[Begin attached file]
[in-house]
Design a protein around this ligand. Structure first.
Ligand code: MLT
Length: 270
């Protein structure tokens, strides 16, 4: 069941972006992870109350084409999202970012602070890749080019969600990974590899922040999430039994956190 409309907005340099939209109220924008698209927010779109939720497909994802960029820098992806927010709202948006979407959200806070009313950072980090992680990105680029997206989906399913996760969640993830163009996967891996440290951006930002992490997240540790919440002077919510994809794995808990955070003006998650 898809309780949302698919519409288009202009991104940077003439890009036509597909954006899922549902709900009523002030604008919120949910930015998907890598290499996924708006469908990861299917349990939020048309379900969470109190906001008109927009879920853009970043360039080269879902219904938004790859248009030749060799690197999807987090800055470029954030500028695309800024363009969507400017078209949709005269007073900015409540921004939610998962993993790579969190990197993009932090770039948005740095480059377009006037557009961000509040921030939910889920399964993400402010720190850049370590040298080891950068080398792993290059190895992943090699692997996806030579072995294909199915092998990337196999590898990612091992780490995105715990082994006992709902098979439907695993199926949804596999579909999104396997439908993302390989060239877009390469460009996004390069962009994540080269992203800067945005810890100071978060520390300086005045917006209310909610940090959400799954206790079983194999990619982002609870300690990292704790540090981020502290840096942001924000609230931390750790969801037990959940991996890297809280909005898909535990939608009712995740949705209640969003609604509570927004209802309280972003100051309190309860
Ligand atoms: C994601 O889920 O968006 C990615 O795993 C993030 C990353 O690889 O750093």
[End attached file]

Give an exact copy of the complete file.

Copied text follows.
[in-house]
Design a protein around this ligand. Structure first.
Ligand code: MLT
Length: 270
């Protein structure tokens, strides 16, 4: 069941972006992870109350084409999202970012602070890749080019969600990974590899922040999430039994956190 409309907005340099939209109220924008698209927010779109939720497909994802960029820098992806927010709202948006979407959200806070009313950072980090992680990105680029997206989906399913996760969640993830163009996967891996440290951006930002992490997240540790919440002077919510994809794995808990955070003006998650 898809309780949302698919519409288009202009991104940077003439890009036509597909954006899922549902709900009523002030604008919120949910930015998907890598290499996924708006469908990861299917349990939020048309379900969470109190906001008109927009879920853009970043360039080269879902219904938004790859248009030749060799690197999807987090800055470029954030500028695309800024363009969507400017078209949709005269007073900015409540921004939610998962993993790579969190990197993009932090770039948005740095480059377009006037557009961000509040921030939910889920399964993400402010720190850049370590040298080891950068080398792993290059190895992943090699692997996806030579072995294909199915092998990337196999590898990612091992780490995105715990082994006992709902098979439907695993199926949804596999579909999104396997439908993302390989060239877009390469460009996004390069962009994540080269992203800067945005810890100071978060520390300086005045917006209310909610940090959400799954206790079983194999990619982002609870300690990292704790540090981020502290840096942001924000609230931390750790969801037990959940991996890297809280909005898909535990939608009712995740949705209640969003609604509570927004209802309280972003100051309190309860
Ligand atoms: C994601 O889920 O968006 C990615 O795993 C993030 C990353 O690889 O750093």